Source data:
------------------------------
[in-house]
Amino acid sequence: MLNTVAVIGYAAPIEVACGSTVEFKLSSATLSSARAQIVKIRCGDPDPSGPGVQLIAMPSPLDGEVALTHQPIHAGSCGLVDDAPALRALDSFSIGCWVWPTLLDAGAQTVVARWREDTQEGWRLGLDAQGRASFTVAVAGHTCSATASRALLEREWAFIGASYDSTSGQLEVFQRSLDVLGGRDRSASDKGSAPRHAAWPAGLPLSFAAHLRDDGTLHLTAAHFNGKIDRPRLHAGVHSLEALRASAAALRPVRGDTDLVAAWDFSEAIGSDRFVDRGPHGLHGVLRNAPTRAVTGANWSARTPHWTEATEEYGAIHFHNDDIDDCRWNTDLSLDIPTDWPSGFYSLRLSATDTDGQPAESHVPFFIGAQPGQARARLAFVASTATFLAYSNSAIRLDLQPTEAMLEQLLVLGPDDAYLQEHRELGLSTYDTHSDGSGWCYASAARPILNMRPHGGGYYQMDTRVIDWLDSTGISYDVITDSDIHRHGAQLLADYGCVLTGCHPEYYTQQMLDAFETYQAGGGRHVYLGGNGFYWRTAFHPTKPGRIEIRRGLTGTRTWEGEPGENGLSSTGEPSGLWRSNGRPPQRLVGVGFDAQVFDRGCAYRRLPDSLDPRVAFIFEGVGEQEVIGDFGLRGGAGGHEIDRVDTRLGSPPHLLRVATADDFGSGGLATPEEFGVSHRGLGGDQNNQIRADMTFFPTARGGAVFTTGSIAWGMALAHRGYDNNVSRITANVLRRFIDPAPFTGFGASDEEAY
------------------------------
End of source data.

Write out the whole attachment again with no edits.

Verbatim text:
[in-house]
Amino acid sequence: MLNTVAVIGYAAPIEVACGSTVEFKLSSATLSSARAQIVKIRCGDPDPSGPGVQLIAMPSPLDGEVALTHQPIHAGSCGLVDDAPALRALDSFSIGCWVWPTLLDAGAQTVVARWREDTQEGWRLGLDAQGRASFTVAVAGHTCSATASRALLEREWAFIGASYDSTSGQLEVFQRSLDVLGGRDRSASDKGSAPRHAAWPAGLPLSFAAHLRDDGTLHLTAAHFNGKIDRPRLHAGVHSLEALRASAAALRPVRGDTDLVAAWDFSEAIGSDRFVDRGPHGLHGVLRNAPTRAVTGANWSARTPHWTEATEEYGAIHFHNDDIDDCRWNTDLSLDIPTDWPSGFYSLRLSATDTDGQPAESHVPFFIGAQPGQARARLAFVASTATFLAYSNSAIRLDLQPTEAMLEQLLVLGPDDAYLQEHRELGLSTYDTHSDGSGWCYASAARPILNMRPHGGGYYQMDTRVIDWLDSTGISYDVITDSDIHRHGAQLLADYGCVLTGCHPEYYTQQMLDAFETYQAGGGRHVYLGGNGFYWRTAFHPTKPGRIEIRRGLTGTRTWEGEPGENGLSSTGEPSGLWRSNGRPPQRLVGVGFDAQVFDRGCAYRRLPDSLDPRVAFIFEGVGEQEVIGDFGLRGGAGGHEIDRVDTRLGSPPHLLRVATADDFGSGGLATPEEFGVSHRGLGGDQNNQIRADMTFFPTARGGAVFTTGSIAWGMALAHRGYDNNVSRITANVLRRFIDPAPFTGFGASDEEAY